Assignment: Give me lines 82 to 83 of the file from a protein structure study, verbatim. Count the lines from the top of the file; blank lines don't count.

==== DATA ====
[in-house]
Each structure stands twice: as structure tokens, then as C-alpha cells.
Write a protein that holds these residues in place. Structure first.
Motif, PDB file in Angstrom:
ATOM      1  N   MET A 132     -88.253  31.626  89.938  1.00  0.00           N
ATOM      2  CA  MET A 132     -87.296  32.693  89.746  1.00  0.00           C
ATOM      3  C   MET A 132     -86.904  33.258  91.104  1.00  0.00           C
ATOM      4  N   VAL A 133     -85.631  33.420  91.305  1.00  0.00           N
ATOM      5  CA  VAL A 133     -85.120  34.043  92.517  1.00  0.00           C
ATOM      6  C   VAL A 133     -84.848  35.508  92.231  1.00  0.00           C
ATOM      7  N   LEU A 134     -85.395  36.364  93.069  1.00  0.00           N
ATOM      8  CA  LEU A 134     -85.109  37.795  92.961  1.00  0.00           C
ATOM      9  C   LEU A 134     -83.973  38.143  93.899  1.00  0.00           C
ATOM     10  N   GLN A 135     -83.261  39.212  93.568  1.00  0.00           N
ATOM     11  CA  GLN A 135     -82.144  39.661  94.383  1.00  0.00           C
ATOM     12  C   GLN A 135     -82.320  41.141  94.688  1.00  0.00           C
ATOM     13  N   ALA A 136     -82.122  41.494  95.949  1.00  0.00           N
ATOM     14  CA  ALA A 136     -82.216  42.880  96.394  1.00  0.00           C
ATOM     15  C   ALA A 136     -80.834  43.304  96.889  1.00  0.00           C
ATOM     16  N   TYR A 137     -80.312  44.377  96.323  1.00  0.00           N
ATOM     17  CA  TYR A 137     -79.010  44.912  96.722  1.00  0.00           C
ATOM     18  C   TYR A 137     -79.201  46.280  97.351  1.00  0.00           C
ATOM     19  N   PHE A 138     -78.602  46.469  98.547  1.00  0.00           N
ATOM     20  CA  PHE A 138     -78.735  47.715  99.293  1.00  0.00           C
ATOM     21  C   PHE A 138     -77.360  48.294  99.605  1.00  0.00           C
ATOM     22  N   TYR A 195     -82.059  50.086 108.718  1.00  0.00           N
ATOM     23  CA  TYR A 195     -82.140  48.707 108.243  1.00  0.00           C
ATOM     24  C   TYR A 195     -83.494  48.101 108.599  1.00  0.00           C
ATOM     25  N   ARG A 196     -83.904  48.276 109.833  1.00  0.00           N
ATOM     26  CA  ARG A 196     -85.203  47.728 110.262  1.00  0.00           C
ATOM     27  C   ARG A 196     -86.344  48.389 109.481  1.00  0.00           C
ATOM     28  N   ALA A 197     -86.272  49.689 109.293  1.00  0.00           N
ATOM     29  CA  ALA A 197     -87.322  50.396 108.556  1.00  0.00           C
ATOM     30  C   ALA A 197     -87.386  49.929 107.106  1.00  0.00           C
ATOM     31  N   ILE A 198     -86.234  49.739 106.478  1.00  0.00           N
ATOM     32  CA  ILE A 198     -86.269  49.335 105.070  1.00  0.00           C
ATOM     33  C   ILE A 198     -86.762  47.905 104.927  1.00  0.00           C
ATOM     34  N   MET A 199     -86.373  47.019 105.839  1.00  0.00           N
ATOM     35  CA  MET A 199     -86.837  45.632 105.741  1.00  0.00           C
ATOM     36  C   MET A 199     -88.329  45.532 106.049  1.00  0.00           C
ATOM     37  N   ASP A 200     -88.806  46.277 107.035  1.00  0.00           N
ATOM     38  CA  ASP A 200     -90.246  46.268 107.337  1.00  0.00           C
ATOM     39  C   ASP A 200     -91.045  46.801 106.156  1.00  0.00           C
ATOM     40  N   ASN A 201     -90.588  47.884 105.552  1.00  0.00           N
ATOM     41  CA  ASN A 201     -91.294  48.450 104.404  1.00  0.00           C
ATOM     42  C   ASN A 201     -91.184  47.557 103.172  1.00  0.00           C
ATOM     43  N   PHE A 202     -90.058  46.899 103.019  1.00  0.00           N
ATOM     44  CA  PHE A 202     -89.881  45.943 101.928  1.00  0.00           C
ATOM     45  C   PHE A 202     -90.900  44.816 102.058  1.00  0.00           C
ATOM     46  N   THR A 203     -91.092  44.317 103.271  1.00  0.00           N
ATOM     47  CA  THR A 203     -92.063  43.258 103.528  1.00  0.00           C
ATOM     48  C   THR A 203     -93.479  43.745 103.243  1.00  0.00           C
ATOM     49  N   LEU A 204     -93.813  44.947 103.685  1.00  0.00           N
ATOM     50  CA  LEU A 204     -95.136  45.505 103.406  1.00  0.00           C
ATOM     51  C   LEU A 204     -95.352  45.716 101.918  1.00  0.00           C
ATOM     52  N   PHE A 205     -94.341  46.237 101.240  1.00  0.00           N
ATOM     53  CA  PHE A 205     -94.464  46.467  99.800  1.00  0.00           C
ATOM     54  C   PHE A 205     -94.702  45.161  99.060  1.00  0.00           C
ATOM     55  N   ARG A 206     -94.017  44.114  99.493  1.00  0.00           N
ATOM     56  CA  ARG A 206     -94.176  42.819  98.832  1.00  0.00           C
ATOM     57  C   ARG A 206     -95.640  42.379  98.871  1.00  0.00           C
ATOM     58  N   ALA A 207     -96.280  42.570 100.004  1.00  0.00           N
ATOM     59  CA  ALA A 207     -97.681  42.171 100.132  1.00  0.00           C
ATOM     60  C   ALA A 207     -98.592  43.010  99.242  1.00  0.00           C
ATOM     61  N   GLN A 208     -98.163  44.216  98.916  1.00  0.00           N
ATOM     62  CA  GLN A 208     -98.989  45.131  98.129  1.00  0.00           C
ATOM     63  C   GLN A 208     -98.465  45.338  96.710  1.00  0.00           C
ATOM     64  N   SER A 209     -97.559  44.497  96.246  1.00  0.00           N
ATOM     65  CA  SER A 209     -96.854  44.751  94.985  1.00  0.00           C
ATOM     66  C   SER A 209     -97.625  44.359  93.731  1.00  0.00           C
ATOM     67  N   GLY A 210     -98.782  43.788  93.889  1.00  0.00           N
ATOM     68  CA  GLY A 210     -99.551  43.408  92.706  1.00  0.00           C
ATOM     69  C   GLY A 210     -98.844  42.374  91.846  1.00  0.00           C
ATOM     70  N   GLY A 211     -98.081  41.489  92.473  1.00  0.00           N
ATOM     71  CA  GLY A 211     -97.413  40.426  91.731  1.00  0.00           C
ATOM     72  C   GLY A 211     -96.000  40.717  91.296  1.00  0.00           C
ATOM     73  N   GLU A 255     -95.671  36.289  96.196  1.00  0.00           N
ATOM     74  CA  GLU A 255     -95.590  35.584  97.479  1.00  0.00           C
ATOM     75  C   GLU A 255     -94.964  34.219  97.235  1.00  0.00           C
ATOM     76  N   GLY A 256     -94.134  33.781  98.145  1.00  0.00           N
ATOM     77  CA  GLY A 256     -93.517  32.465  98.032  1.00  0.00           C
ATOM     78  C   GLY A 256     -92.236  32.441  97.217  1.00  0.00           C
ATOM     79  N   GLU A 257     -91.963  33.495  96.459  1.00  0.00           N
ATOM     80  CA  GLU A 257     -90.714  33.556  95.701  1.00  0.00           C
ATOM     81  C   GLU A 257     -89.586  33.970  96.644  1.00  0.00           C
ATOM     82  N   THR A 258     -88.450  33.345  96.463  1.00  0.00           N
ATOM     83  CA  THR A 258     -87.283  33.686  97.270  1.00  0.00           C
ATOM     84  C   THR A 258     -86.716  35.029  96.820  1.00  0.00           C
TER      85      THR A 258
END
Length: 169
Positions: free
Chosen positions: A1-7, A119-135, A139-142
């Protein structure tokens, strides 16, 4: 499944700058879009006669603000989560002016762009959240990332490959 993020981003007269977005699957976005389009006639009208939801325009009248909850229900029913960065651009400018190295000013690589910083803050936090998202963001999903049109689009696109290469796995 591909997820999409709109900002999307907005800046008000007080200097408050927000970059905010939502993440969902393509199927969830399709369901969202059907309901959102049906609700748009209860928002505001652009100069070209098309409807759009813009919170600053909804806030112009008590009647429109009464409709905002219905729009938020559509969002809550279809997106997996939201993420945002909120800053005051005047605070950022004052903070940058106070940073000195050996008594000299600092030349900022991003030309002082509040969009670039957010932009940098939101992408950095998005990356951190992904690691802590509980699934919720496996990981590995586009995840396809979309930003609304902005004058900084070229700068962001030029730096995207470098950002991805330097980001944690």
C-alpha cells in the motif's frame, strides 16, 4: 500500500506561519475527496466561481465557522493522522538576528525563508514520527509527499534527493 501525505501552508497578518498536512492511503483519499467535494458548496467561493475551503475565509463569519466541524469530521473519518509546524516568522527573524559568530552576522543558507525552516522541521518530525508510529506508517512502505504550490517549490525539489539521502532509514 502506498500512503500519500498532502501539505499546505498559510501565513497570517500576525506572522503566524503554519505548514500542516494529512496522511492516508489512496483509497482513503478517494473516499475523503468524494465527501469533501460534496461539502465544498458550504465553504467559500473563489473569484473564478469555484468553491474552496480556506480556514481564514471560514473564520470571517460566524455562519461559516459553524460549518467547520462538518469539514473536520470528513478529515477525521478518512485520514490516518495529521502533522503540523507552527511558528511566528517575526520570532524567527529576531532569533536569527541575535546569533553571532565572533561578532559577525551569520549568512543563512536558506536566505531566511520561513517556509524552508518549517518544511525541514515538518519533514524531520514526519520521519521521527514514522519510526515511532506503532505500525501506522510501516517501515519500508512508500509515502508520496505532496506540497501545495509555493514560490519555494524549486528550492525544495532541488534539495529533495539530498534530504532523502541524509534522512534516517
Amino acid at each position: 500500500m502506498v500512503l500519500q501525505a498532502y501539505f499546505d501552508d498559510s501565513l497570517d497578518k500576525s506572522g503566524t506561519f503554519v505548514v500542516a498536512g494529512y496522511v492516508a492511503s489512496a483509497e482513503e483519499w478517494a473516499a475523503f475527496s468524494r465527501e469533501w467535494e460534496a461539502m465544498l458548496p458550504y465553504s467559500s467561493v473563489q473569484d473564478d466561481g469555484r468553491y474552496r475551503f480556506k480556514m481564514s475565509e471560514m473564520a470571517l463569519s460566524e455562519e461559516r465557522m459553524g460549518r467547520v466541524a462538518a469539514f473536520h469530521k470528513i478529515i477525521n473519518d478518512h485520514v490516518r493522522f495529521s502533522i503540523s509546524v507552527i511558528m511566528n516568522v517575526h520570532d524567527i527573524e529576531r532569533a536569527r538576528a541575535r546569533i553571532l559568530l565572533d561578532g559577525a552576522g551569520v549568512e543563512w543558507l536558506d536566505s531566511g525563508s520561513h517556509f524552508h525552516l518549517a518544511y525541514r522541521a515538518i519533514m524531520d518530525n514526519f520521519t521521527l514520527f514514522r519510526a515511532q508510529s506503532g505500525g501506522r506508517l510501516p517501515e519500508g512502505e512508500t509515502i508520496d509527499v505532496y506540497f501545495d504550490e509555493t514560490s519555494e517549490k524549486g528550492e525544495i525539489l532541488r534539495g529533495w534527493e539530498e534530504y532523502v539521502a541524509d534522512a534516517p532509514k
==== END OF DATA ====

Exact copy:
ATOM     78  C   GLY A 256     -92.236  32.441  97.217  1.00  0.00           C
ATOM     79  N   GLU A 257     -91.963  33.495  96.459  1.00  0.00           N